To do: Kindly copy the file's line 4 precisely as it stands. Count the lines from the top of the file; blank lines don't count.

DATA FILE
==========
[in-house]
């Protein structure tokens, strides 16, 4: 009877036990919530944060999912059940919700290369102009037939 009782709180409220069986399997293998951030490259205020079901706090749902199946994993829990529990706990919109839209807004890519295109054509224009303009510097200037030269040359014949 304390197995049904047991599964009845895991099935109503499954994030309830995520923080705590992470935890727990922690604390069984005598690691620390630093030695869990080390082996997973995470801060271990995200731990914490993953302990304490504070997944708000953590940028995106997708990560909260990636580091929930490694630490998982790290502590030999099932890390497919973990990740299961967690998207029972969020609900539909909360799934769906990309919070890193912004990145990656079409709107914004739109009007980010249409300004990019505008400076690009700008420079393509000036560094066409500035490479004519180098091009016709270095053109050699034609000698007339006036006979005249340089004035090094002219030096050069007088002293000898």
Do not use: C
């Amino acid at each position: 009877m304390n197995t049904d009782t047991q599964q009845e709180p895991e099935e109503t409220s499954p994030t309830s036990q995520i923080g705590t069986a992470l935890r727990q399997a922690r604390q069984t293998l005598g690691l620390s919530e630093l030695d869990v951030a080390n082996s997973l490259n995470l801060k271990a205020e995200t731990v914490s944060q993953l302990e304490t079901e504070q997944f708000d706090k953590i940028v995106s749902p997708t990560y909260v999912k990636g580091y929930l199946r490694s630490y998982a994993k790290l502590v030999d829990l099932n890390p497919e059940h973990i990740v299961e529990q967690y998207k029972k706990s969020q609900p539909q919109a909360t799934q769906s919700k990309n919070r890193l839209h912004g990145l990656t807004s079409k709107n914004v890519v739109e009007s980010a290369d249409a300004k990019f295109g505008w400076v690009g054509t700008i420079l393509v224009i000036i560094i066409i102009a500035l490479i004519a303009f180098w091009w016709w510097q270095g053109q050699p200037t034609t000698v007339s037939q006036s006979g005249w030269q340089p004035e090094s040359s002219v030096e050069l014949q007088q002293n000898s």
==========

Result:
């Amino acid at each position: 009877m304390n197995t049904d009782t047991q599964q009845e709180p895991e099935e109503t409220s499954p994030t309830s036990q995520i923080g705590t069986a992470l935890r727990q399997a922690r604390q069984t293998l005598g690691l620390s919530e630093l030695d869990v951030a080390n082996s997973l490259n995470l801060k271990a205020e995200t731990v914490s944060q993953l302990e304490t079901e504070q997944f708000d706090k953590i940028v995106s749902p997708t990560y909260v999912k990636g580091y929930l199946r490694s630490y998982a994993k790290l502590v030999d829990l099932n890390p497919e059940h973990i990740v299961e529990q967690y998207k029972k706990s969020q609900p539909q919109a909360t799934q769906s919700k990309n919070r890193l839209h912004g990145l990656t807004s079409k709107n914004v890519v739109e009007s980010a290369d249409a300004k990019f295109g505008w400076v690009g054509t700008i420079l393509v224009i000036i560094i066409i102009a500035l490479i004519a303009f180098w091009w016709w510097q270095g053109q050699p200037t034609t000698v007339s037939q006036s006979g005249w030269q340089p004035e090094s040359s002219v030096e050069l014949q007088q002293n000898s």